An update on Boogie:  After changing his Lantus (24 hour insulin) dose down to 1 last week, his BG (blood glucose) numbers jumped really high.  We tried giving it a few days to see if things would level out, but after 3 days of consistently being over 250, I called back and they changed his dose to 1.5.  The only negative about this change is that the Lantus pen (yes, it looks just like a pen, it holds the insulin, you put a needle on the tip of it and that's how you give him the insulin) doesn't do half units like his Humalog (short acting insulin) pen does.  So, this means we have to draw the insulin out of the pen with a syringe and give it to him from the syringe (an extra step and a much longer needle...ouch).  On the positive, side, 1.5 seems to be a good number so far.  We've had a few times he's crashed his BG down low, but he's staying in his target range on average.  He's most likely still in that 'honeymoon' phase, so we'll see how long the 1.5 works for...

He's got a really bad cold right now; running nose and wet cough.  My guess: lack of sleep! Waking up every night at midnight and 3am, sometimes having to be up for an hour at a time to get his BG levels stabilized....that will make anyone sick! Other than that, he's doing great! Same ornery, mile-a-minute two y/o he's always been!!

Monday, August 13, 2012

yay, for sleeping...

We had Boogie's two week follow up with his new endocrinologist this morning.  I can't believe it's already been two weeks since his diagnosis! It's amazing how this has all just become part of normal life already!

The diabetes educator and the doctor both gave us rave reviews on how we are managing Boogie's care.  They were very pleased to see we were monitoring his glucose (checking 8-10x/day) like we were told to and making sure he's eating well balanced meals.  They were both almost shocked to see we were following doctor's orders?  They both said things to the affect of 'you'd be surprised how many parents come in and don't have any glucose readings' saying things like "oh, yea, I think we checked it yesterday..."  or "I'm often in shock as to what the parents say they're feeding their child." WHAT?!?! Who are these parents?  I cannot wrap my head around this.  A doctor has just told you that your child has a life long disease.  A disease that if not managed carefully and correctly can be DEADLY and you just...don't care??!?!  This angers me beyond belief.  Yes, I'm a rule follower and, yes, I can be a little OCD and over the top about things, but when it comes to my child's health....my child's LIFE, can there be any other way??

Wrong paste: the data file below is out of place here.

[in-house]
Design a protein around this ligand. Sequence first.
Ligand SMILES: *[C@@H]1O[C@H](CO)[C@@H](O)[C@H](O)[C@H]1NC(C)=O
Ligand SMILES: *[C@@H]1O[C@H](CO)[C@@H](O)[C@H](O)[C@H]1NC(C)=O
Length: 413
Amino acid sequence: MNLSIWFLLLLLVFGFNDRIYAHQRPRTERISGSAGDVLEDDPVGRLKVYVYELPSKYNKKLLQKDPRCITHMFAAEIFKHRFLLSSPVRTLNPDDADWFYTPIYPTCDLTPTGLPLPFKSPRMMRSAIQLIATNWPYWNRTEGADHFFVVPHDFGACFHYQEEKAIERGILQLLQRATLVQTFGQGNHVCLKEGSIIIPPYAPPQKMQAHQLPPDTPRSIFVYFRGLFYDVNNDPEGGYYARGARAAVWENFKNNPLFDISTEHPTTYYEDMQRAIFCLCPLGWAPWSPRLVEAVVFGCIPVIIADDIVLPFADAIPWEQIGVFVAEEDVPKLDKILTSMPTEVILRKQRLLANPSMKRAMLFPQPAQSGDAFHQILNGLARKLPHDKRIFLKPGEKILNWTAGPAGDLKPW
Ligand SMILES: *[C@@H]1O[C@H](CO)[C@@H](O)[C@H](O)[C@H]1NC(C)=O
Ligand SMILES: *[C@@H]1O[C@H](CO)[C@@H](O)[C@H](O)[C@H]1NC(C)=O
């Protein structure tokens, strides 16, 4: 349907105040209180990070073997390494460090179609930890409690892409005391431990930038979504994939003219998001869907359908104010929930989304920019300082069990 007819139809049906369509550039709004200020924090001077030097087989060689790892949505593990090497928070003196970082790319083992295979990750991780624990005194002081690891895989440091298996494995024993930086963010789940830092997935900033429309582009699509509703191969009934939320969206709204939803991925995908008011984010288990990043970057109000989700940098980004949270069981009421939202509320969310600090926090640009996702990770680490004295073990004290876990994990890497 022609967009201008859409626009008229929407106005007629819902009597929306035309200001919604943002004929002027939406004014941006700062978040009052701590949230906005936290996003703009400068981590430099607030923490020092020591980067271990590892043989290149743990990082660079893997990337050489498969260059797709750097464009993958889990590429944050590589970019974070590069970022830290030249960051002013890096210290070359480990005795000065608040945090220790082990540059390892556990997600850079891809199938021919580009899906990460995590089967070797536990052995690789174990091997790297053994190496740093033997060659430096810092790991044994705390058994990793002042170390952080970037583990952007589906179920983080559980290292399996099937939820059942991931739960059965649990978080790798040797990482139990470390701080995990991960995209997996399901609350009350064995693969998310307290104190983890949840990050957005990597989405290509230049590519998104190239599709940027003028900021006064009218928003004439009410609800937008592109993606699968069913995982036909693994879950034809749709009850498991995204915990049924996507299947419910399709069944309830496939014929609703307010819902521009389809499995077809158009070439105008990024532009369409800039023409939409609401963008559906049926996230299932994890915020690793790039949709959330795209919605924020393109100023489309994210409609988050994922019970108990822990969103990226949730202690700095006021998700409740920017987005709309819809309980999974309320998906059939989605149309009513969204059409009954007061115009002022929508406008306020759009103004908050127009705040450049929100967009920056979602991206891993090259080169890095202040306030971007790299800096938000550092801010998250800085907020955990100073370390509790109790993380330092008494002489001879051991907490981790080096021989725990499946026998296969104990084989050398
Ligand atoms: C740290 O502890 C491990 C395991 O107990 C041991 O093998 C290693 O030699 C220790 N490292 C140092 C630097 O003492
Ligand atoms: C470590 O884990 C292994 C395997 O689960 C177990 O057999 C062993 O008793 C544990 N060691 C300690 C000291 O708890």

[Stepping off my soap box...]

Overall, I was very pleased with our educator and Boogie's new endocrinologist, Dr. Musick. [we changed doctor's only so that we can go to Children's Mercy South and not have to drive downtown all the time].  She was very supportive and positive.  She had a good rapport with Boogie and kept telling him how he can do/be anything he wants to be....well, except for a long haul truck driver or be in the army...but, anything else!  She was pleased to see that his numbers were falling into a good pattern.  She agreed that he was still in that "honeymoon" phase and thus, we've decreased his long-acting insulin to just 1 unit/day (down from 2 units/day).  As long as things are looking good after a few days, we can stop doing the overnight glucose checks (midnight and 3am)! So, yay for sleeping again!! I think that will put us all in a better mood because us Hupps are grumps without our sleep! He's still jumping really high after breakfast so we've decreased that insulin ratio to 1/20.  Other than that, everything looks great and we'll be back in 3 months!

Oh, and I'm pleased to report that C-Monk is crawling!! Yes, crawling, like up on hands and knees crawling!! It took her awhile, but she finally got there :)  I guess it's on to walking next....yikes!!

Tuesday, August 7, 2012


This new adventure has come with a fabulous side effect....snuggle time!! In the hospital, Boogie and I spent a lot of time snuggling in bed watching movies and the Olympics.  Never for a moment was I thankful he was in the hospital, but I was thoroughly enjoying the one-on-one downtime.  Boogie has never really been a snuggler.  Even as a newborn baby, he didn't like to be rocked, he just liked to be put into his bed and allowed to get to sleep on his own.  He's a very loving kiddo and gives hugs and kisses and 5 minute snuggles all the time, but never anything like this.  He's got way too much to do and explore to sit still for that long! But, one afternoon in the hospital we layed through an entire movie, just quiet and cuddled up!

I'm very excited to report that this new habit has followed us home. He loves to cuddle on the couch or cozy up in bed with me.  As we lay there he says "lub you!"  I think because I said it so much in the hospital, just laying there rubbing his back telling him again and again that I love him, he thinks that when you snuggle, you say "I love you." It melts my heart every time.